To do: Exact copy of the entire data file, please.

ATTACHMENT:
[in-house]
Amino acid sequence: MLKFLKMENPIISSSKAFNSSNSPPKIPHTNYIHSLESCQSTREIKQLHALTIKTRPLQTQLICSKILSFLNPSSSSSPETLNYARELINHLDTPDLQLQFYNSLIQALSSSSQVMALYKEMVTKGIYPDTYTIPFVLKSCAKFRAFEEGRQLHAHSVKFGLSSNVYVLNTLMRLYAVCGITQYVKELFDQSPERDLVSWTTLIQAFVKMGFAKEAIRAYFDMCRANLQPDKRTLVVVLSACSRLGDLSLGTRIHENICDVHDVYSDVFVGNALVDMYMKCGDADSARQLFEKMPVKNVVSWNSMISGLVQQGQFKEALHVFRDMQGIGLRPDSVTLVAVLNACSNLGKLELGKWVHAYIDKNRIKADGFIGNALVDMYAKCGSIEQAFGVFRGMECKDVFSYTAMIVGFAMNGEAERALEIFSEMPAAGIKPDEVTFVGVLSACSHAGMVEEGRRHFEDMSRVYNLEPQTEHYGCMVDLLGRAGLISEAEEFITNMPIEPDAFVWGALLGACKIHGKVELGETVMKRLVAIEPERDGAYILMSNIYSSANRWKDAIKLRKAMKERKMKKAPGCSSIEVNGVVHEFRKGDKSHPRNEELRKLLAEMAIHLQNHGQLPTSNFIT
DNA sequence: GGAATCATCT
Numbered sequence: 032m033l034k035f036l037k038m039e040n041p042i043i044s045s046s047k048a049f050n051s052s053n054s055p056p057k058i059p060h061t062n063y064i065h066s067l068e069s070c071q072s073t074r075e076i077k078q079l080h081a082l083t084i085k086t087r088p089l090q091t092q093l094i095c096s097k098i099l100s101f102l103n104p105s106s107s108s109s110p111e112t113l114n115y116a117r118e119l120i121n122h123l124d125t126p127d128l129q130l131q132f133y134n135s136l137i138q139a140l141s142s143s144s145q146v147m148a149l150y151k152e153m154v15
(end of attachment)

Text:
[in-house]
Amino acid sequence: MLKFLKMENPIISSSKAFNSSNSPPKIPHTNYIHSLESCQSTREIKQLHALTIKTRPLQTQLICSKILSFLNPSSSSSPETLNYARELINHLDTPDLQLQFYNSLIQALSSSSQVMALYKEMVTKGIYPDTYTIPFVLKSCAKFRAFEEGRQLHAHSVKFGLSSNVYVLNTLMRLYAVCGITQYVKELFDQSPERDLVSWTTLIQAFVKMGFAKEAIRAYFDMCRANLQPDKRTLVVVLSACSRLGDLSLGTRIHENICDVHDVYSDVFVGNALVDMYMKCGDADSARQLFEKMPVKNVVSWNSMISGLVQQGQFKEALHVFRDMQGIGLRPDSVTLVAVLNACSNLGKLELGKWVHAYIDKNRIKADGFIGNALVDMYAKCGSIEQAFGVFRGMECKDVFSYTAMIVGFAMNGEAERALEIFSEMPAAGIKPDEVTFVGVLSACSHAGMVEEGRRHFEDMSRVYNLEPQTEHYGCMVDLLGRAGLISEAEEFITNMPIEPDAFVWGALLGACKIHGKVELGETVMKRLVAIEPERDGAYILMSNIYSSANRWKDAIKLRKAMKERKMKKAPGCSSIEVNGVVHEFRKGDKSHPRNEELRKLLAEMAIHLQNHGQLPTSNFIT
DNA sequence: GGAATCATCT
Numbered sequence: 032m033l034k035f036l037k038m039e040n041p042i043i044s045s046s047k048a049f050n051s052s053n054s055p056p057k058i059p060h061t062n063y064i065h066s067l068e069s070c071q072s073t074r075e076i077k078q079l080h081a082l083t084i085k086t087r088p089l090q091t092q093l094i095c096s097k098i099l100s101f102l103n104p105s106s107s108s109s110p111e112t113l114n115y116a117r118e119l120i121n122h123l124d125t126p127d128l129q130l131q132f133y134n135s136l137i138q139a140l141s142s143s144s145q146v147m148a149l150y151k152e153m154v15